Junichi Inamoto earned Japan a deserved 2-2 draw in its friendly against Uruguay in front of 54,000 fans at the National Stadium in Tokyo on Friday. His well-taken, second-half equalizer spared Japan’s blushes but left coach Zico still seeking that elusive first win as Japan boss.
Despite his team’s failure to register a win in his third game in charge, Zico will have been impressed by the effort shown by his midfield in particular, which dominated its counterpart throughout the 90 minutes. Inamoto stood out among his peers in this department and his 57th-minute equalizer was just reward for his all-star performance.
“We had a better organized defense than in previous games,” explained Zico. “When we had the ball, we launched attacks very aggressively. We also gave our opponents very few chances.”
Japan opened the game in a confident mood, boasting a midfield and forward line comprised entirely of foreign-based players.
Apart from a few, shaky back-passes by defender Yutaka Akita, Japan looked to have the measure of its opponent in the opening exchanges. The game however, turned on its head in a dramatic five-minute period of play midway through the first half.
A neat exchange of passes between Uruguay captain Alvaro Recoba and Pablo Lima found Manchester United hotshot Diego Forlan in space and he ruthlessly planted a header into the back of the net with his marker Ryuzo Morioka out of position and goalkeeper Yoshikatsu Kawaguchi in no man’s land.
Forlan had barely put his shirt back on when Japan went surging forward and found Takayuki Suzuki in the box with enough space to completely miss the ball with an attempted shot before crashing to the ground as only Suzuki knows how.
His theatrics were enough to convince the referee, who duly pointed to the spot. Up stepped Serie A side Reggina’s penalty taker, Shunsuke Nakamura, who displayed the benefits of regular practice from this position, firing a perfect penalty into the top corner.
Two minutes later Uruguay was gifted a second goal. A harmless cross from the right was inexplicably dropped by Kawaguchi into the path of Alejandro Lembo who gratefully stabbed the ball home.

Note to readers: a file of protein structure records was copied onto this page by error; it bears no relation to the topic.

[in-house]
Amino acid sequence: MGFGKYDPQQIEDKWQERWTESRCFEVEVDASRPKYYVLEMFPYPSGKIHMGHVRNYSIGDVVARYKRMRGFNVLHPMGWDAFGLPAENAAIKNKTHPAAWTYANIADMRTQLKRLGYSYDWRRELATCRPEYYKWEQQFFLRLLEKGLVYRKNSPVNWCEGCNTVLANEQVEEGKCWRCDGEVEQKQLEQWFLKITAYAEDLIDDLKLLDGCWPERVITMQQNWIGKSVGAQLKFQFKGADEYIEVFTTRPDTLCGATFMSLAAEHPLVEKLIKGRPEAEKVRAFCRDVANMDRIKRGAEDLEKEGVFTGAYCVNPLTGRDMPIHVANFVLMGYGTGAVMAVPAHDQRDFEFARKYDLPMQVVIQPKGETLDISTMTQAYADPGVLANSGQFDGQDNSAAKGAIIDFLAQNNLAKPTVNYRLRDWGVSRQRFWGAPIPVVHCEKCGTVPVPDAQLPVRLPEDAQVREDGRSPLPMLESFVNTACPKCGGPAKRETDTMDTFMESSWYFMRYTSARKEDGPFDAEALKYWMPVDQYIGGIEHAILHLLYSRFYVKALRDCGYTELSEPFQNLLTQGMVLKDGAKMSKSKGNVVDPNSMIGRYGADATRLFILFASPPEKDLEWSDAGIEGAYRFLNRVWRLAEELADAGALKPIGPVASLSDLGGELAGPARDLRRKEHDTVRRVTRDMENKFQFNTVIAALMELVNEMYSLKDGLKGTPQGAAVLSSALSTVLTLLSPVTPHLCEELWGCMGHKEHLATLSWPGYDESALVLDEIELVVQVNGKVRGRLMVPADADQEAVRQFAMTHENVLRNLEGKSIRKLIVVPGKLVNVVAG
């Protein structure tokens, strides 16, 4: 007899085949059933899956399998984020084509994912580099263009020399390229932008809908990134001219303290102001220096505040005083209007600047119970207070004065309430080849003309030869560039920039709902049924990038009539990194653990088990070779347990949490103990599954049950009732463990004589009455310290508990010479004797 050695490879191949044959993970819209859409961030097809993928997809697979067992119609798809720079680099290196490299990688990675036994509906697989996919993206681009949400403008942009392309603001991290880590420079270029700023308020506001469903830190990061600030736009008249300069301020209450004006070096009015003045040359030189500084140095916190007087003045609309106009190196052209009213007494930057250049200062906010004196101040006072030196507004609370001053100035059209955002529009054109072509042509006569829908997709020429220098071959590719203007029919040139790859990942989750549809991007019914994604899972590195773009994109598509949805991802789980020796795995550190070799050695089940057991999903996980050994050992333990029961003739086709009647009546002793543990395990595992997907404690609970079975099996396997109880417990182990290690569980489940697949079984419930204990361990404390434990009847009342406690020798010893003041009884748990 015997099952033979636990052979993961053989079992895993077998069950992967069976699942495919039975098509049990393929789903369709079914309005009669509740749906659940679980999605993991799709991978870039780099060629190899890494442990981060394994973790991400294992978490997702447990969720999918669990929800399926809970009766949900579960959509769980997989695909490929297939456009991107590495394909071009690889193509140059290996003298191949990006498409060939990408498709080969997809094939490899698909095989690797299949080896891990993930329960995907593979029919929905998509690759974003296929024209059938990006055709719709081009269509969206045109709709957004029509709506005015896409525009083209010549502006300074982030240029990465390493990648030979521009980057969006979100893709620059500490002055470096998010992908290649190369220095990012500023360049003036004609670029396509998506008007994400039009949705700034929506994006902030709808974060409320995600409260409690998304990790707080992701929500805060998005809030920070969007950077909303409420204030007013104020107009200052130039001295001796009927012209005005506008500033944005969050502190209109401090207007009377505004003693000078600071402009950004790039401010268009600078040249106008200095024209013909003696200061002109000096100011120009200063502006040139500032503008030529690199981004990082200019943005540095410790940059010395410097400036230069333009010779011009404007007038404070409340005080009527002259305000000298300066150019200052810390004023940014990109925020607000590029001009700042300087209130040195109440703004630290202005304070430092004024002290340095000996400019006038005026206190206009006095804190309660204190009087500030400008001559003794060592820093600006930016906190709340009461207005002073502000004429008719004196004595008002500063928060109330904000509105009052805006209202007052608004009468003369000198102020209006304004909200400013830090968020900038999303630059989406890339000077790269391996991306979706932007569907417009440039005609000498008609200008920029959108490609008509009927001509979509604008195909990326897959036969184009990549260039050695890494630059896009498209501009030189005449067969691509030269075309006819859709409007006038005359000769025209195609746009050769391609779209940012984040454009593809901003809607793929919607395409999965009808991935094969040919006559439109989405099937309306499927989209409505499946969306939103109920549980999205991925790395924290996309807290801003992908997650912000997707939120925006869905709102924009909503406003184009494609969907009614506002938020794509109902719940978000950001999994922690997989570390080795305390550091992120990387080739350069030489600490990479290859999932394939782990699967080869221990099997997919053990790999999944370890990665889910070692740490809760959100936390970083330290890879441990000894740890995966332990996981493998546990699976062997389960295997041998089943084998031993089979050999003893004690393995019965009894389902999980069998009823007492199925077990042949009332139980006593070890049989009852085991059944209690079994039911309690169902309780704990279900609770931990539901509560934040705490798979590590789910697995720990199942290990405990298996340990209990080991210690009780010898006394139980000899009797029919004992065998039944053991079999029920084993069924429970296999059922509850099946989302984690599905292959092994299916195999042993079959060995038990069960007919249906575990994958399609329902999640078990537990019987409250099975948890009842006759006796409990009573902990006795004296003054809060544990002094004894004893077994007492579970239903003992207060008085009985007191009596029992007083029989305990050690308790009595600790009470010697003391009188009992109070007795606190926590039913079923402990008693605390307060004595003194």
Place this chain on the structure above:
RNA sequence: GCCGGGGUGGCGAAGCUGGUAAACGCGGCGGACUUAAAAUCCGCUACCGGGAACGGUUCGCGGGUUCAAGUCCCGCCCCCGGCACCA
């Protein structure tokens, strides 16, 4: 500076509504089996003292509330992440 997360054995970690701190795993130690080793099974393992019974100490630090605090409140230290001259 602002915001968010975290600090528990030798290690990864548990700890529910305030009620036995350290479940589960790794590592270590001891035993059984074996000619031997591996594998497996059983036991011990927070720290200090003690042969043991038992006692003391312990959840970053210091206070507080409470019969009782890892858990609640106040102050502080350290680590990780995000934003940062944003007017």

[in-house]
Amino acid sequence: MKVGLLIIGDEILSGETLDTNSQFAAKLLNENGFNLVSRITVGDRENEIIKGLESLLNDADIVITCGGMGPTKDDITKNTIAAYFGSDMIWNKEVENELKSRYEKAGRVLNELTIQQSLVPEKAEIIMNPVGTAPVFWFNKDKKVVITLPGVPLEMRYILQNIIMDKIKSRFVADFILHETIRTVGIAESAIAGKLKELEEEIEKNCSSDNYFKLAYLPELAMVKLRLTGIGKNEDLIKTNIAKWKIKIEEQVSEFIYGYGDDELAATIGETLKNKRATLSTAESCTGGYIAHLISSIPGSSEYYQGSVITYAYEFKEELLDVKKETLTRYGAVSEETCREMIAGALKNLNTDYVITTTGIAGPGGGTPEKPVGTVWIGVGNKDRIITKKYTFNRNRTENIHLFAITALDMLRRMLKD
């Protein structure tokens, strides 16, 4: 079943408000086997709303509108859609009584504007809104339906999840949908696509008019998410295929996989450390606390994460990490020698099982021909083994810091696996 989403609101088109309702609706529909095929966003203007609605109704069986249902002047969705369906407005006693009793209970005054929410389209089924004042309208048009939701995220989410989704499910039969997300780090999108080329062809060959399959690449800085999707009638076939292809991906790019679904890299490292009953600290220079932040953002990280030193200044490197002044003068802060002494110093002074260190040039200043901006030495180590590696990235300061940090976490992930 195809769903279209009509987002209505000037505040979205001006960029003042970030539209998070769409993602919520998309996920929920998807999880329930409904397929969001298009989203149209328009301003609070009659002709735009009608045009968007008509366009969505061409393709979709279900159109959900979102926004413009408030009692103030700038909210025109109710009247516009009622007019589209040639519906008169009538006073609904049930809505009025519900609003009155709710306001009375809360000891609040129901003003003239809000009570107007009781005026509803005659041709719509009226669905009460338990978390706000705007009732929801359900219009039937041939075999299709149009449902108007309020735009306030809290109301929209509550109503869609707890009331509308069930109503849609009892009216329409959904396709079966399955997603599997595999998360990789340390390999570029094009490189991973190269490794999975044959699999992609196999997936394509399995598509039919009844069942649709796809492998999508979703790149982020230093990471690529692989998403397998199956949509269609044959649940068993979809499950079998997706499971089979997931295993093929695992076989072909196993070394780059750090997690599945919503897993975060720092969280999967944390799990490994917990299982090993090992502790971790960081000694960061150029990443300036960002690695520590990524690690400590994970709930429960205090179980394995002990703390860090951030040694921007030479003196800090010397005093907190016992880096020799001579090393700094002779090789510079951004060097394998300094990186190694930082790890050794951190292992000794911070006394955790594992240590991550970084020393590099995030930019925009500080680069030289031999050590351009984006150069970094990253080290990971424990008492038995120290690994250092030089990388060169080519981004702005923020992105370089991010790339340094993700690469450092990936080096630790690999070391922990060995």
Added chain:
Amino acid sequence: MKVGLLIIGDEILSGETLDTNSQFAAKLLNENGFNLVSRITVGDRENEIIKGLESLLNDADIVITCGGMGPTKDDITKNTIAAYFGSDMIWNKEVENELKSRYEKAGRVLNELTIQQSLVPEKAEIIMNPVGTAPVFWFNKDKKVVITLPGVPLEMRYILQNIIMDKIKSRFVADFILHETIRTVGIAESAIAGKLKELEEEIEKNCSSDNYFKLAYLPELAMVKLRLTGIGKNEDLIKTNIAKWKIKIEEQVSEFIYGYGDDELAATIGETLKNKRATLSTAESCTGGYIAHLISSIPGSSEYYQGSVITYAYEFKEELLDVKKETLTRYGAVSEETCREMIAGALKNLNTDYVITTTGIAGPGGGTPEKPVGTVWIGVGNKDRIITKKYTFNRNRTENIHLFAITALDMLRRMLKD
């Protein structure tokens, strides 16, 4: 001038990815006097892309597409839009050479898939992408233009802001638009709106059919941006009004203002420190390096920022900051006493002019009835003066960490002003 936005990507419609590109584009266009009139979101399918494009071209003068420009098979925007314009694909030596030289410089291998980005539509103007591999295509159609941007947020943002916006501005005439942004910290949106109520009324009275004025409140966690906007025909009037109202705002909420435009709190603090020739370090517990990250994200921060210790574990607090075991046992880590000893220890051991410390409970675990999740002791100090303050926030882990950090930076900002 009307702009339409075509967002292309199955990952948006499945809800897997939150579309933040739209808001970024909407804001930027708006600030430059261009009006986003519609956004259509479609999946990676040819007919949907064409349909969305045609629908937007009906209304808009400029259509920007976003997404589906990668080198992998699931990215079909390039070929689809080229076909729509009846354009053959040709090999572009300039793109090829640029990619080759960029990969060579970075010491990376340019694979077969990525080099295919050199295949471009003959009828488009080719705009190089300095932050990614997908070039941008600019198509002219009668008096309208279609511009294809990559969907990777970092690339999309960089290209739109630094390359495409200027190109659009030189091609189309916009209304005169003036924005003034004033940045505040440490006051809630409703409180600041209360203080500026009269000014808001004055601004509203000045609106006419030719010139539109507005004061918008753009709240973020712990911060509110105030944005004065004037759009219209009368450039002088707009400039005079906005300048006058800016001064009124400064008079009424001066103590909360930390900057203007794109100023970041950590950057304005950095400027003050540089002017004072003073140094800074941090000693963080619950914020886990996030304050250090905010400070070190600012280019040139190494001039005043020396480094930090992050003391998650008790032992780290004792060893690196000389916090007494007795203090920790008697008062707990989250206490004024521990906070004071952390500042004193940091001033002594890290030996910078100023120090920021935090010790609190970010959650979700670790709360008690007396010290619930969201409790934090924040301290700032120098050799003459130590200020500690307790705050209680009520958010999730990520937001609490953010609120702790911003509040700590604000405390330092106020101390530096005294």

Kawaguchi was making a show of the rust gathered from spending countless Saturday afternoon’s watching English first division side Portsmouth as a reserve. Kawaguchi hadn’t played for Japan since its embarrassing 3-0 loss to Norway in May last year and may struggle to retain his place this time.
In the 36th minute, Naoki Takahara had a golden chance to get his side back in the game after being put through on goal by fellow striker Suzuki. Unfortunately for him and Japan, Uruguayan goalkeeper Fabian Carini was alert to the danger and smothered the shot.
For all its enterprise in midfield, Japan seemed to be lacking a cohesive link between midfield and attack and to this end Zico opted for some changes. Off went Shinji Ono and Shunsuke Nakamura and on came Alessandro Santos and Koji Nakata.
The moved paid dividends as Santos provided the spark that had otherwise been lacking in Japan’s game. While Nakamura and Ono played solid games — both picking up minor injuries in the process — Zico can count himself fortunate to have the luxury of being able to bring on a player of Santos’ ability. Indeed it was Santos who had a hand in laying on Japan’s second goal. An exchange of passes with Hidetoshi Nakata led to the ball being fed to Inamoto who drilled an unstoppable drive home.
Minutes later Recoba had the crowd on its feet when he curled in a free-kick that nestled onto the roof of the net, creating the illusion of a goal, but in truth this was as close as Uruguay got in the second half.
Having drawn 1-1 with Jamaica and lost 2-0 to Argentina, Zico can take heart from his team’s performance. Certainly without Kawaguchi’s blunder, the team showed enough to have the measure of a competent Uruguay team. Perhaps more importantly, his talented midfield had the opportunity to gel together as a unit and showed the maturity and composure they have gained from playing abroad. With the likes of Mitsuo Ogasawara pushing for a place in the line up, Japan soccer has a lot to look forward to.
Zico refused to be drawn on Kawaguchi’s mistake explaining that any goalkeeper can make a mistake, and instead focused on the positive performance of the team.
“The best part was that the players did not allow their heads to drop after conceding goals and managed to keep their cool. This is a sign of maturity,” he said.
Edmundo packs it in
SAITAMA (Kyodo) The Urawa Reds said Friday newly acquired Brazilian striker Edmundo has left the J. League first division side, claiming he cannot adjust to the team.
The 31-year-old former Brazilian international, who joined Urawa from Tokyo Verdy before the start of the current season, was quoted by Takaji Mori, the team’s general manager, as saying he wants to finish his playing career with a team he feels comfortable with.
“It’s too bad, since the season has just started. But we decided to let him go because it would have a negative effect on the team if he stayed on in that frame of mind,” Mori added.
A recent report in a Brazilian paper indicated Edmundo is hoping to return home.
Edmundo scored 16 goals for Verdy in the first division last season.
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